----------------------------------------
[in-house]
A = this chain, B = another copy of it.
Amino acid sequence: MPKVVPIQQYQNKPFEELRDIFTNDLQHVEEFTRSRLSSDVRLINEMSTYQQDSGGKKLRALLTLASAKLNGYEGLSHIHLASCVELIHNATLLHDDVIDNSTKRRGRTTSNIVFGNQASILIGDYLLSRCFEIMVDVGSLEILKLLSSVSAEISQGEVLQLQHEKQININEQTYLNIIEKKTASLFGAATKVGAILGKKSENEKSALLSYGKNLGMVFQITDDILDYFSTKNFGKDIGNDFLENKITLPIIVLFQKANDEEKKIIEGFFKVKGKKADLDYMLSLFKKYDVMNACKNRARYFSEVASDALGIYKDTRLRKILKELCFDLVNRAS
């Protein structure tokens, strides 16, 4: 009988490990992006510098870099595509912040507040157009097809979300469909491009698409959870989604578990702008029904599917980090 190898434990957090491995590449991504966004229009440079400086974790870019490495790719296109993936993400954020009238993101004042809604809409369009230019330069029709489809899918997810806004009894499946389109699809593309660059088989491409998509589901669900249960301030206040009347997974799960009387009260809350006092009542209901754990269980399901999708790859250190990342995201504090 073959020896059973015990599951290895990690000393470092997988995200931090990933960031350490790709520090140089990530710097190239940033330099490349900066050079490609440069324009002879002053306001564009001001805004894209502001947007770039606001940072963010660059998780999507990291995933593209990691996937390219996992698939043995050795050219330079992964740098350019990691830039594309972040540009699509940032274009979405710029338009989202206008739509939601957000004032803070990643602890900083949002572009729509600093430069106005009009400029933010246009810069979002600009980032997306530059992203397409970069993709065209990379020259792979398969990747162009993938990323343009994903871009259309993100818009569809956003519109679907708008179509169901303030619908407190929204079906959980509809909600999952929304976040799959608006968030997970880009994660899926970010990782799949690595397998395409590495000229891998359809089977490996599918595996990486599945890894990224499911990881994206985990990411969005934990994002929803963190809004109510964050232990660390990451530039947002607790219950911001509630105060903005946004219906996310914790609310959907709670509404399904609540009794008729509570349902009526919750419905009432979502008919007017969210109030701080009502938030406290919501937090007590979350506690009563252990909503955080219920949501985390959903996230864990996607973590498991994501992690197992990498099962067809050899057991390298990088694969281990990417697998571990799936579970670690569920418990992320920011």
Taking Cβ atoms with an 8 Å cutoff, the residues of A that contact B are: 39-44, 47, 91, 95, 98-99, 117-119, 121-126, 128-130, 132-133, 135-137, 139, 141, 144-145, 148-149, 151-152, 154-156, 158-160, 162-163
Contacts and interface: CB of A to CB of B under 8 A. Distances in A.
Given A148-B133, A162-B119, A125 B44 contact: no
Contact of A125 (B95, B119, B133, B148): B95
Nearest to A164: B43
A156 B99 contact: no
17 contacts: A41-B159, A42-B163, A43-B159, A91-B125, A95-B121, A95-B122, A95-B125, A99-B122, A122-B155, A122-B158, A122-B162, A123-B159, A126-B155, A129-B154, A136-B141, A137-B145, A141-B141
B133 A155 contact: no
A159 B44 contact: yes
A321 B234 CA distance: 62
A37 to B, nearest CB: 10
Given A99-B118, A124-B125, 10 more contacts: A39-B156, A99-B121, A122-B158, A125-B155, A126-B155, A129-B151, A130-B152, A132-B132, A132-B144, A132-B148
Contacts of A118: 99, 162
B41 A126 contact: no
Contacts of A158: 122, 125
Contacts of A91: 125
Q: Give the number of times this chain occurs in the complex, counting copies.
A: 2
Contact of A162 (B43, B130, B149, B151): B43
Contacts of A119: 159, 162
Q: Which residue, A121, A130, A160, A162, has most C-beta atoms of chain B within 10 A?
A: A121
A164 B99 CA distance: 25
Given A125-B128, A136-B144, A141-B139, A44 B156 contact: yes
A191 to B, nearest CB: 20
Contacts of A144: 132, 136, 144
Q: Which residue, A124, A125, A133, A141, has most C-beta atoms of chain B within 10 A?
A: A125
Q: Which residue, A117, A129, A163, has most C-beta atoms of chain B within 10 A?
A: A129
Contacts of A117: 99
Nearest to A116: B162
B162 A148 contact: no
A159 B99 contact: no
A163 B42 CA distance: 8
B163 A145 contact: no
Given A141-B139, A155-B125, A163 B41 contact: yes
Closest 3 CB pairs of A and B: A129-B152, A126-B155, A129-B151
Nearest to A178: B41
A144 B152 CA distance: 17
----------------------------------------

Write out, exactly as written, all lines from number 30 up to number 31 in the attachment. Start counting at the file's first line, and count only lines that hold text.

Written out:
Contacts of A144: 132, 136, 144
Q: Which residue, A124, A125, A133, A141, has most C-beta atoms of chain B within 10 A?